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What determines whether patients are willing to participate in resuscitation studies requiring exception from informed consent?
  1. P-A Abboud1,*,
  2. K Heard2,*,
  3. A A Al-Marshad3,
  4. S R Lowenstein2
  1. 1Department of Emergency Medicine, Kaiser Permanente Oakland Medical Center, Oakland, California, USA
  2. 2Division of Emergency Medicine, University of Colorado School of Medicine, The Denver Health Residency in Emergency Medicine, Denver, Colorado, USA
  3. 3George Washington University School of Medicine, Washington DC, USA
  1. Correspondence to:
 Dr Kennon Heard
 Division of Emergency Medicine, University of Colorado School of Medicine, The Denver Health Residency in Emergency Medicine, 4200 E 9th Ave B215, Denver, CO 80262, USA; Kennon.heard{at}uchsc.edu

Abstract

Objectives: To examine the willingness of patients to participate in a resuscitation study that requires exception from informed consent and to determine if willingness to participate is associated with demographic and other characteristics.

Methods: Adult patients in an emergency department and in a geriatric outpatient clinic were surveyed. Patients were asked to imagine that they presented to an emergency department with cardiac arrest and asked about their willingness to (1) receive a new drug outside of a study, (2) receive a new drug as part of a study and (3) participate in a randomised controlled trial (RCT) for a new drug. Patients were also asked about participation in studies of invasive procedures.

Results: 213 patients from a geriatric clinic and 207 from an emergency department were surveyed. Two thirds of patients from the geriatric clinic and 83% from the emergency department were willing to receive an experimental drug outside of a study. Patients were less willing to participate in a study of the new drug and even less likely to participate in an RCT for the new drug (χ2 test for trend, p<0.001 for both settings). Patients were less likely to participate in a study of thoracotomy than in a study that required placement of a femoral catheter (p = 0.008 for the geriatric clinic, p = 0.01 for the emergency department). Willingness to participate was not associated with trust in the doctors.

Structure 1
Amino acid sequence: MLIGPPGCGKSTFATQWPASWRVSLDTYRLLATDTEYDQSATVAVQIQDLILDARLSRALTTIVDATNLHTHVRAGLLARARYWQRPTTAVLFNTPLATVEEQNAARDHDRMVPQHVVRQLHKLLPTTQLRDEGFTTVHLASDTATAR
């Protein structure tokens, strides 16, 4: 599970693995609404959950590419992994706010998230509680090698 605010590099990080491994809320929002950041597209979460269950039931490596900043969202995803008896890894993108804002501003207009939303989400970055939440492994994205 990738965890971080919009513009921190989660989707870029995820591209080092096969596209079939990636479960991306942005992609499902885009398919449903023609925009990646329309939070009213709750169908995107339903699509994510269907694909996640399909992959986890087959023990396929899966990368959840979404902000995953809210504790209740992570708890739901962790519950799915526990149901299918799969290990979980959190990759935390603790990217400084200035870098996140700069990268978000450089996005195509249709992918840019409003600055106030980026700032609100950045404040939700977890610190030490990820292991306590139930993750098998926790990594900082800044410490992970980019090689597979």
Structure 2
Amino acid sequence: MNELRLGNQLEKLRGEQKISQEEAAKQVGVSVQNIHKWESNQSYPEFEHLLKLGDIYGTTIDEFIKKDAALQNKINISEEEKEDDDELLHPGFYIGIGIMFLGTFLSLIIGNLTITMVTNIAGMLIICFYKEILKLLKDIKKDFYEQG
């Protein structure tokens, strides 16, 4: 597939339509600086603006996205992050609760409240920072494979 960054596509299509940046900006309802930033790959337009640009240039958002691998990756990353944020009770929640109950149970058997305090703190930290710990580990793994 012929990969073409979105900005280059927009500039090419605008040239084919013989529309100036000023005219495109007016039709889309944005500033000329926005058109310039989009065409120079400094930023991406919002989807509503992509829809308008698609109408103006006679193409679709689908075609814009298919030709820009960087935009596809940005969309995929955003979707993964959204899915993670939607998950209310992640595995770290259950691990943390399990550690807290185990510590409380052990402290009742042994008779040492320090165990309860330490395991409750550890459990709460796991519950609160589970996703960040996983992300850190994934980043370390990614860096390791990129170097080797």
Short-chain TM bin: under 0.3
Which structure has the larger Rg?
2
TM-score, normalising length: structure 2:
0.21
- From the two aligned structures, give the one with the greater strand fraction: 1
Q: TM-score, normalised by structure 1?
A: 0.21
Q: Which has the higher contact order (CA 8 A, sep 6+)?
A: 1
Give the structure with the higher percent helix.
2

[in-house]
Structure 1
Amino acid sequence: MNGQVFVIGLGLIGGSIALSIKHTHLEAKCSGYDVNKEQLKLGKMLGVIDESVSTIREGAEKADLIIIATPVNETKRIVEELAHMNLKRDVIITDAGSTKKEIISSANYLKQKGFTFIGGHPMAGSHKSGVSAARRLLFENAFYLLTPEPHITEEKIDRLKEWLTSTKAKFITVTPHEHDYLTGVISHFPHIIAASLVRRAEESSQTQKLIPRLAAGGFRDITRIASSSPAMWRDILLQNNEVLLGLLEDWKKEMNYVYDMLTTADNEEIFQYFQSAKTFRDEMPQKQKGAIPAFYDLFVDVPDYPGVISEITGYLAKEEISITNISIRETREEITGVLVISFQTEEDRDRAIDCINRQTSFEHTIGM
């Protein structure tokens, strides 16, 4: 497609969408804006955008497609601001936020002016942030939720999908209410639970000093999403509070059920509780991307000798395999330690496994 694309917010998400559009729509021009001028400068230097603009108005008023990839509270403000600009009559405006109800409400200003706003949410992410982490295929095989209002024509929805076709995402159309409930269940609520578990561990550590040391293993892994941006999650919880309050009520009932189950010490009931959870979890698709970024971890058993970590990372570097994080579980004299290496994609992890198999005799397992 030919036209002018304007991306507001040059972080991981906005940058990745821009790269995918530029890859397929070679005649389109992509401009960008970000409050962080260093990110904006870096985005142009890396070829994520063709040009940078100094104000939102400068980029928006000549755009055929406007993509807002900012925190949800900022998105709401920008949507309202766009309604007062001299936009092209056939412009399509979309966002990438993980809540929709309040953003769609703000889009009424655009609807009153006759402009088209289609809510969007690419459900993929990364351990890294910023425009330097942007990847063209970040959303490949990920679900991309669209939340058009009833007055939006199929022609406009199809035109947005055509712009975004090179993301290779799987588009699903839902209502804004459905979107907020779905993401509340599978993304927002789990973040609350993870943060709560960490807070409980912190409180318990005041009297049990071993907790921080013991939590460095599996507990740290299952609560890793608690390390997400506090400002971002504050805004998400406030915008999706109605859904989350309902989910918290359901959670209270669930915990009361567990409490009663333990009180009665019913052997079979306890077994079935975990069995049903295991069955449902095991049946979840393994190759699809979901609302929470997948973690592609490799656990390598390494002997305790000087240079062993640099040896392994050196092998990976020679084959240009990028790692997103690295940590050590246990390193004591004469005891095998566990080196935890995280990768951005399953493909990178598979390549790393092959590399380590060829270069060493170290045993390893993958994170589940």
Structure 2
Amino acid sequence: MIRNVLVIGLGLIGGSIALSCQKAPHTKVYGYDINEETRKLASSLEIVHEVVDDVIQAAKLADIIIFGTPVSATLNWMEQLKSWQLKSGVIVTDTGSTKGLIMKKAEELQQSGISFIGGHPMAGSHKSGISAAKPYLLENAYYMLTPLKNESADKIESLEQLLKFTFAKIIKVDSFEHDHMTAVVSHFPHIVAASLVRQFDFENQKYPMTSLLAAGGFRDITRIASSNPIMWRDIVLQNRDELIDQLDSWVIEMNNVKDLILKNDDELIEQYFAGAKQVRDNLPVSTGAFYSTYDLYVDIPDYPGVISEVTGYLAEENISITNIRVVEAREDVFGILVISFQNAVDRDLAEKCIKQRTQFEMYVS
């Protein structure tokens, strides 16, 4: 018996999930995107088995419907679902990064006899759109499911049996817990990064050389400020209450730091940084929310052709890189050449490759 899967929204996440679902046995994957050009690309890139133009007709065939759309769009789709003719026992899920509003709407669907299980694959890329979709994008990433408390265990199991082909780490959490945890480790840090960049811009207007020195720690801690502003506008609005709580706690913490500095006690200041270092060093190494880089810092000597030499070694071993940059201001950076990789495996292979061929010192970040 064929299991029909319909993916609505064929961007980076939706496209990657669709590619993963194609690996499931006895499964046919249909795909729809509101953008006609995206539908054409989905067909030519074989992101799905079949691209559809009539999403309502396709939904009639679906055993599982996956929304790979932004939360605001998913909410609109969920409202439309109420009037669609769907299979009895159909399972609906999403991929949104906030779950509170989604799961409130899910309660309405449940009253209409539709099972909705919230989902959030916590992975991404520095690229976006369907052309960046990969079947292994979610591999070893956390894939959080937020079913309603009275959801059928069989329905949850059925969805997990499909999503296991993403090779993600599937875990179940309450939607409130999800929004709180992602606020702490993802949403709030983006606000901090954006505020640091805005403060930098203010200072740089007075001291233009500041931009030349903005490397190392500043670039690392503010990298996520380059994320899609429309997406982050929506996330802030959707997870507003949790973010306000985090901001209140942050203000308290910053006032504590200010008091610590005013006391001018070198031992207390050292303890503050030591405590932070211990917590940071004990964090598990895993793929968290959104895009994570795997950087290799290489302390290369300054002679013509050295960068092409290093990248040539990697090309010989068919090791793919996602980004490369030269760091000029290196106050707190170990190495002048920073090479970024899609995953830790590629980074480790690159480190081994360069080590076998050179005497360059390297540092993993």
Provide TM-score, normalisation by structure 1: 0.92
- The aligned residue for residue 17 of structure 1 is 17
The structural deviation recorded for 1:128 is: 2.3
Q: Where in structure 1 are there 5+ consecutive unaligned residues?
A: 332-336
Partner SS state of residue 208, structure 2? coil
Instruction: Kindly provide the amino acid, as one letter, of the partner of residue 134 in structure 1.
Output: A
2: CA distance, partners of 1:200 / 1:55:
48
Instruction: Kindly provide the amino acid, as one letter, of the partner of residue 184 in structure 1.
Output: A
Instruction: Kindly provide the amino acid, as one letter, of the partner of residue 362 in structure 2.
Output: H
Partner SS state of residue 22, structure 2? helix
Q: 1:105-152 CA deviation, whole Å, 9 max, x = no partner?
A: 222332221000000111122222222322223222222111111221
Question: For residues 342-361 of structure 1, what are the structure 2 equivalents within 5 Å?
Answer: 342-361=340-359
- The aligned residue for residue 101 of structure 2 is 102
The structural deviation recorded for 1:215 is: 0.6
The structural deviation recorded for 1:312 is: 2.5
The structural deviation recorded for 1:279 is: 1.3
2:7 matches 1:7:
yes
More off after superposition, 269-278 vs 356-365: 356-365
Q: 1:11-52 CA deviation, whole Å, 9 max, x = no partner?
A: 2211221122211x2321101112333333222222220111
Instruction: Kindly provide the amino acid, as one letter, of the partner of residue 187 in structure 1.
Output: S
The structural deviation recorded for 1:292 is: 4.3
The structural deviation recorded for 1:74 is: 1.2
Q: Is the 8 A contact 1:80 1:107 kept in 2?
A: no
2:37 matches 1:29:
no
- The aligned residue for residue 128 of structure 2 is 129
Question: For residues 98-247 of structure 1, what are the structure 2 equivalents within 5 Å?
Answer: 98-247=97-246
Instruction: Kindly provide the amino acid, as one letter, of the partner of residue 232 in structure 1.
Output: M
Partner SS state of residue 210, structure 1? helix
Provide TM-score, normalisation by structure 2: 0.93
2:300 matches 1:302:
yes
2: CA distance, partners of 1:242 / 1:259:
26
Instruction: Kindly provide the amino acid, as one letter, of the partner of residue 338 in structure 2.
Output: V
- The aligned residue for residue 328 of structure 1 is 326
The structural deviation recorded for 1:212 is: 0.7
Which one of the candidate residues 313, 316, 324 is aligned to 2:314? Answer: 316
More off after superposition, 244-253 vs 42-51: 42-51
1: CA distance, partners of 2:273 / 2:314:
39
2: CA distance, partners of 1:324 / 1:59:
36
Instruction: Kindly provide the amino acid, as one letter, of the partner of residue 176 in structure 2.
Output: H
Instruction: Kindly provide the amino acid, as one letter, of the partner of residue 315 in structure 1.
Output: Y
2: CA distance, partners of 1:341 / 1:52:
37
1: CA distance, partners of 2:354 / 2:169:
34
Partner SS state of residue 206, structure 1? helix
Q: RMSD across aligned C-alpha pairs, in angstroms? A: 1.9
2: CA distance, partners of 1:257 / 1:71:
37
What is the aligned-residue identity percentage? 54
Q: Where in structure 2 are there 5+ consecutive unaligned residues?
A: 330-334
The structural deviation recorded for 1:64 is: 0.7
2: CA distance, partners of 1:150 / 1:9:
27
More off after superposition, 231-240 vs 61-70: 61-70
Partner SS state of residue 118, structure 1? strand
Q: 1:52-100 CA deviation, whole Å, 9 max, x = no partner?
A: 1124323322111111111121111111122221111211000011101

Conclusions: Study design and invasiveness of the intervention were associated with the willingness of patients to participate in resuscitation studies that require exception from informed consent.

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Footnotes

  • * PAA and KH share first authorship on this manuscript.

  • Funding: This work was supported in part by the 2002 American Geriatric Society/Society for Academic Emergency Medicine Geriatric Resident Research Grant (PAA). KH was supported by a Jahnigen Career Development Scholars Award from the American Geriatric Society.

  • Competing interests: None declared.

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